In March 2007, BSkyB and Chrysalis Group announced a joint partnership to launch a dedicated Sky News Radio station on the proposed bid by Channel 4's 4 Digital Group for the second DAB multiplex in the United Kingdom. However, two months later Chrysalis sold its radio stations to Global Radio UK, and in October 2007 following a business review Global's chief executive announced that they would be withdrawing from the joint venture. Sky have announced plans to find a partner elsewhere.
The feed is available FTA at 28.2 East by manually tuning it in: 12051.00 V 27500 2/3
When elections, either national, or international take place, Sky edits its schedule to focus on them. Recent examples have been the UK General Elections of 2005, the Israeli Elections of 2006, the US Mid-Term Elections of 2006 and the UK Local Elections of 2008. Sky also often shows long interviews. Recent examples of these have been Adam Boulton's exclusive half-hour interview with Al Gore. At the end of each year, in December and January of the new year, a series of special 'Year in Review' shows are shown which look back at memorable news stories from the past year.
For Queen and Country - the most recent example of these series - was shown throughout the week beginning Monday 16th June 2008. The Sky News Press Office wrote;
Several years earlier after the merger between Sky Television plc & British Satellite Broadcasting, Hammel's introduction was "This is Sky News a part of the British Sky Broadcasting Network", in 1993 the introduction was "From the Sky satellite network this is Sky News", and by 1995 "This is Sky News, part of the Sky Television Network" - or just "This is Sky News".
Sky News operates under the requirements of United Kingdom broadcasting regulations that require neutrality.
In early 1994 Kelvin MacKenzie, former editor of The Sun newspaper, was appointed Managing Director of BSkyB. MacKenzie's proposed changes to Sky News lead to clashes with CEO Sam Chisholm and the head of Sky News, Ian Frykberg, who protested what they saw as an attempt to take its news values down market. The most ferocious battle occurred when Mackenzie wanted Sky News to run an interview with Lady Bienvenida Buck. Frykberg refused to air the interview and resigned shortly afterwards - the interview was put on Sky One. MacKenzie announced his resignation in August 1994, but not until Sky News had transmitted live pictures of the freeway chase of OJ Simpson white bronco on 17 June 1994 bringing US 'helicopter journalism to the UK.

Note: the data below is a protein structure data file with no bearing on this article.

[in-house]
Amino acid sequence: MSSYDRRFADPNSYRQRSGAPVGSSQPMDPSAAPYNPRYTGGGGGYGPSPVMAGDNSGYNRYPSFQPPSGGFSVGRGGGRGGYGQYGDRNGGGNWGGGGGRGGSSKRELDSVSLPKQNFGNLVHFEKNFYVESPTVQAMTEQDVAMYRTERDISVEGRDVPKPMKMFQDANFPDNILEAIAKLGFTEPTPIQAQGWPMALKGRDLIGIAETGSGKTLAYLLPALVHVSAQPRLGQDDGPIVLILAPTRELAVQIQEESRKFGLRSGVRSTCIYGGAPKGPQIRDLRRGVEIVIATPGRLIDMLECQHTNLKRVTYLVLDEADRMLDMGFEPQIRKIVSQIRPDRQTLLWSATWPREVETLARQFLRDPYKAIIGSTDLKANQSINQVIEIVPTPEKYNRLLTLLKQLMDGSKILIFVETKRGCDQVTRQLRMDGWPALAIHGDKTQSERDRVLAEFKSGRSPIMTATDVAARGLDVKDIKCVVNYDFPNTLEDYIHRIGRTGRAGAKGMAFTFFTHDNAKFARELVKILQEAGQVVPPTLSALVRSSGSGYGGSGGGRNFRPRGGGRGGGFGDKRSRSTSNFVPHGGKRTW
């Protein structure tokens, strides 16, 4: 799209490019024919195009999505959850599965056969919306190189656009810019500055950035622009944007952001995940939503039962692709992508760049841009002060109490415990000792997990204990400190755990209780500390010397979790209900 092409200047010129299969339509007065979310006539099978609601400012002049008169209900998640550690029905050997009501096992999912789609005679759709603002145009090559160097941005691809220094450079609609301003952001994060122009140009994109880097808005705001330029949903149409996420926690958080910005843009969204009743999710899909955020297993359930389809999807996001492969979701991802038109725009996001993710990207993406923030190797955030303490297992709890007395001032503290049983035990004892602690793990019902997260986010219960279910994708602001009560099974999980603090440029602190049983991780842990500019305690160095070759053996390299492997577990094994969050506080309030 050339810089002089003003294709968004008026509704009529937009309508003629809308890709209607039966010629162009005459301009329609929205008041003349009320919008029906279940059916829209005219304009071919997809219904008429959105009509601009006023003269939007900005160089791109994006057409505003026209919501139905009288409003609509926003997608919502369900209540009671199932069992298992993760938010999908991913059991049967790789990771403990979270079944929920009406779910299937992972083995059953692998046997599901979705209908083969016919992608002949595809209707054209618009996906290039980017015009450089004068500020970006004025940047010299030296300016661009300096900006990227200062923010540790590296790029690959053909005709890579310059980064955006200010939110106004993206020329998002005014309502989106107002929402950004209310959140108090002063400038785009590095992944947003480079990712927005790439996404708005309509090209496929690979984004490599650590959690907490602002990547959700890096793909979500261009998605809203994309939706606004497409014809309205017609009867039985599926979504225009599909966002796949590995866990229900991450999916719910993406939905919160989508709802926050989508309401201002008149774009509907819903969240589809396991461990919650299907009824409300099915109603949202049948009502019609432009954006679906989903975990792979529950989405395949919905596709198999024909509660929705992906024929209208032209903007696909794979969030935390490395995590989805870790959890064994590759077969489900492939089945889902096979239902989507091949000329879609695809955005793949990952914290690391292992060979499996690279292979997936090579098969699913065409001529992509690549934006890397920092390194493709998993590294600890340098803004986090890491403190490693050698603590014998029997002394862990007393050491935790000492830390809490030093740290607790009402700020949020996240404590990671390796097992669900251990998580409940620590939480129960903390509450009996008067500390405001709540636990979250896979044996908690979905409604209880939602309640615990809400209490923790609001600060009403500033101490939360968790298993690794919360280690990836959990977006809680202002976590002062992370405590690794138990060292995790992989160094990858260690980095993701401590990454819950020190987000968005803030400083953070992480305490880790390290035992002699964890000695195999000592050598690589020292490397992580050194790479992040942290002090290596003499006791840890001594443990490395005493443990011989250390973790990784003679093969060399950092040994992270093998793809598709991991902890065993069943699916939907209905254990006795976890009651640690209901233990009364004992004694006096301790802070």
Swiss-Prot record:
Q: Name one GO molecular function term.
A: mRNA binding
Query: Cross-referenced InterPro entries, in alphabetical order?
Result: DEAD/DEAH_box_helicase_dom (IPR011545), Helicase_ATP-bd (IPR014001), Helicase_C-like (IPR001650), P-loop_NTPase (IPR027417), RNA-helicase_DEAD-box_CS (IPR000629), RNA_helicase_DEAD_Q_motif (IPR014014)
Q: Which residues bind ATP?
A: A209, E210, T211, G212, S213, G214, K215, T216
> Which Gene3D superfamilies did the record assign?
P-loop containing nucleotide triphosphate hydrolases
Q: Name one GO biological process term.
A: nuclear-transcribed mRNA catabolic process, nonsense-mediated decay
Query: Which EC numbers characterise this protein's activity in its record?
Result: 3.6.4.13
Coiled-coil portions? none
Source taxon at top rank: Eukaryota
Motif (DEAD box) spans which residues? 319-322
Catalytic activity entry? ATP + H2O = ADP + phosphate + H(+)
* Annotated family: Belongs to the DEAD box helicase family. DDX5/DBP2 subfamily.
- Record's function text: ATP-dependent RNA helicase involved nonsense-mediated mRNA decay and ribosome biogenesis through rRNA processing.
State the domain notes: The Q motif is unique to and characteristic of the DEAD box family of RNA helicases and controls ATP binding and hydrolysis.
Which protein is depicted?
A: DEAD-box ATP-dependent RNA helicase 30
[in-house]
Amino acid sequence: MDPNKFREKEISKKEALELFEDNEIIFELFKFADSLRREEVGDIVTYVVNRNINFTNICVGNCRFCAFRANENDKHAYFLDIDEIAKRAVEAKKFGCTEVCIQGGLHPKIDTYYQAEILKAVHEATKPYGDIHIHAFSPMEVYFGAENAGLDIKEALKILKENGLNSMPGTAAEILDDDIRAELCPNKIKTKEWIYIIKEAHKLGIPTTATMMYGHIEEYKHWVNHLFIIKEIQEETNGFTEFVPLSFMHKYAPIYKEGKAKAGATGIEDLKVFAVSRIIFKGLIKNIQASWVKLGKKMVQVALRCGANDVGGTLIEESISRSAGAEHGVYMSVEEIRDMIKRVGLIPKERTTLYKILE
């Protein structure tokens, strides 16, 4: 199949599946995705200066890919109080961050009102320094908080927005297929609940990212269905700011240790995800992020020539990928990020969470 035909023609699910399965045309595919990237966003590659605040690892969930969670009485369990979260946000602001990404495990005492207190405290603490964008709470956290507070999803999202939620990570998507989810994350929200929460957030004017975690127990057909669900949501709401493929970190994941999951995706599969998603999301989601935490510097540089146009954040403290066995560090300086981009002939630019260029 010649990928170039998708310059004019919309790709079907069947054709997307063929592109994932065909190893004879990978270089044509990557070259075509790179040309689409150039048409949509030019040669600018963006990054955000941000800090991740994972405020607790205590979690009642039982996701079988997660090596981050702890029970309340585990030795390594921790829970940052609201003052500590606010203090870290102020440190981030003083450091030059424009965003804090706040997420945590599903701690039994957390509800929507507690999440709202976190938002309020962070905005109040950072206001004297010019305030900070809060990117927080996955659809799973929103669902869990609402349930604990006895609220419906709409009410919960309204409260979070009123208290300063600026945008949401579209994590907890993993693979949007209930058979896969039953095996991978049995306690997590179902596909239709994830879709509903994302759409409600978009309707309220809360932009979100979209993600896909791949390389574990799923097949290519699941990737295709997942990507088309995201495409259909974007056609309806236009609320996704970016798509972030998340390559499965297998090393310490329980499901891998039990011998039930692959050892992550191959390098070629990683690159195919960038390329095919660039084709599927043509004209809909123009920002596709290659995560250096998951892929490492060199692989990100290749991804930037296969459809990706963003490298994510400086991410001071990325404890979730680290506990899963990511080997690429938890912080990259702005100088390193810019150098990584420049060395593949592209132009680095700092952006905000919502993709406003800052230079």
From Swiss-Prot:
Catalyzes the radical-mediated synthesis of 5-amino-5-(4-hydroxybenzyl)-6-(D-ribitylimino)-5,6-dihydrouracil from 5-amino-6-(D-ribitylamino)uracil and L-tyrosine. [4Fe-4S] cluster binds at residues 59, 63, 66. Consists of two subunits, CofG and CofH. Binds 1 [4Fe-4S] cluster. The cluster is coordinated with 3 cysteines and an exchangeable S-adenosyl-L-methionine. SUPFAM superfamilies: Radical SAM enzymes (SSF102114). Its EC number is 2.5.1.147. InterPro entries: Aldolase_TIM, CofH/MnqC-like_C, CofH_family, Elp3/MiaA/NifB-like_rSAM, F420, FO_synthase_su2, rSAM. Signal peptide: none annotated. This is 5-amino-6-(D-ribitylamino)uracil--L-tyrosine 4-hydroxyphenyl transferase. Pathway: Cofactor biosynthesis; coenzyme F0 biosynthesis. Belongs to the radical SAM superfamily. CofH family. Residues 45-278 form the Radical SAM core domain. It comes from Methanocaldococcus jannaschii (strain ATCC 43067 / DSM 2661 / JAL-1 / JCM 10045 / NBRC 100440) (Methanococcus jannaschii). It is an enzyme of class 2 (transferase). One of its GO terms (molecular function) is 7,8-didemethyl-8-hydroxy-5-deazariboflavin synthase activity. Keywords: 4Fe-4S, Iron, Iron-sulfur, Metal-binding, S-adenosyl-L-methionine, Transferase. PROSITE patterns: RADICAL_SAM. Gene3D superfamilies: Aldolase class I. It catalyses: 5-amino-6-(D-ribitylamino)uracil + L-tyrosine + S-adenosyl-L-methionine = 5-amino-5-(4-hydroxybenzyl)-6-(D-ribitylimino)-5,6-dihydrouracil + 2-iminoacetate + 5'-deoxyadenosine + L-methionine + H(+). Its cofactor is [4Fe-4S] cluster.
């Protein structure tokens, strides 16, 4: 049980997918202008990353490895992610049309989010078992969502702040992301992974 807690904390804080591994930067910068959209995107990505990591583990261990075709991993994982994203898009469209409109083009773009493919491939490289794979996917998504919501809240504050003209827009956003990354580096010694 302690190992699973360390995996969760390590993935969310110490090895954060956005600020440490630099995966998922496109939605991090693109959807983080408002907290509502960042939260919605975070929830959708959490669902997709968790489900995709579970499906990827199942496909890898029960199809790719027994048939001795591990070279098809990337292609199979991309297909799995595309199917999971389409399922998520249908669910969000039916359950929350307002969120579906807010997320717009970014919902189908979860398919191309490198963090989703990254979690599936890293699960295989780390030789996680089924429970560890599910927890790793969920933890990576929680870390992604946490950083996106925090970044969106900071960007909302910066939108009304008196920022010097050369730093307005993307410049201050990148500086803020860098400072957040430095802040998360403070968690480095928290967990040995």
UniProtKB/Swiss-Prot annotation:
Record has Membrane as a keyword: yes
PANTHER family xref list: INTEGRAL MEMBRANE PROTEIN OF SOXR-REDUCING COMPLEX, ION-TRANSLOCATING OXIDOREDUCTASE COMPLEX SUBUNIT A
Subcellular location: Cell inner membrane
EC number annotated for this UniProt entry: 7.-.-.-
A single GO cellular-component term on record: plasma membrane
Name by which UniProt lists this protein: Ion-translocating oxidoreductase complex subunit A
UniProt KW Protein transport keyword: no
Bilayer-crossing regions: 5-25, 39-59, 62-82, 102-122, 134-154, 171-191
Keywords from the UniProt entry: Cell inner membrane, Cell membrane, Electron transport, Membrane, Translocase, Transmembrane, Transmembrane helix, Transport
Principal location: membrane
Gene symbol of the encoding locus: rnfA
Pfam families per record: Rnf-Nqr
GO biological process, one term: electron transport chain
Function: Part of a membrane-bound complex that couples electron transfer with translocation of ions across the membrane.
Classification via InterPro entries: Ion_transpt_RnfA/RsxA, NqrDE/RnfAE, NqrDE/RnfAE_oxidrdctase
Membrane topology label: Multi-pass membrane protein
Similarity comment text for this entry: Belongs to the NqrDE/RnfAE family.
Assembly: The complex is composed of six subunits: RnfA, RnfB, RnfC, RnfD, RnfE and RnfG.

Sky News covered the trial in Boston US trial of Louise Woodward with live coverage. When Sky returned to a regular schedule, viewers demanded the trial coverage. From Woodward's home in Elton, Cheshire Sky broadcast locals reactions, but this brought criticism of maintaining a pro-Louise Woodward stance, as she was found guilty.
From 2000 onwards, Sky News began expanded the international coverage opening bureaus in Africa, Europe, and the far East. It won awards from the Royal Television Society.
Coverage of the 7 July 2005 London bombings won the 2006 International Emmy Breaking News award commending the "fast and accurate" reporting.
In November 2005 the then head of BBC News, Peter Horrocks acknowledged that Sky News remained the first choice for 'key opinion formers'.. However, in recent years, Sky News has increasingly started to fall behind BBC News in the ratings, currently having about half the ratings of BBC News. Sister network Fox News Channel is broadcast in the UK, thus Sky News does not carry that channel's news/commentary programmes during the overnight (prime-time in the U.S.).
In recent months that website has undergone a largely cosmetic change to bring it in line with the on screen look of Sky News TV. The site has made use of flash video encoding. The website has sought to build upon the visual style of the TV channel portrayed through the prominence of pictures, and breaking news.
At present, no plans have been announced for a high definition version of Sky News. Since early 2008, Sky News has been using cameras in the field which can shoot in HD. Some one-off programmes have been made available in high definition to Sky+ HD viewers through the Sky Anytime feature, under the branding Sky News HD. These programmes have included Technofile, Diana: The Last Word and The Canoe Man.
Secrets of a Serial Seductress; the Irrepressible Bienvenida Buck, Who Brought Down the Defence Chief, Talks about the Many Men in Her Life and How to Snare the Seriously Rich
Oct 07, 2000; Byline: MARY RIDDELL ALTHOUGH it is only just after breakfast time, Bienvenida orders champagne. As she says, while discarding...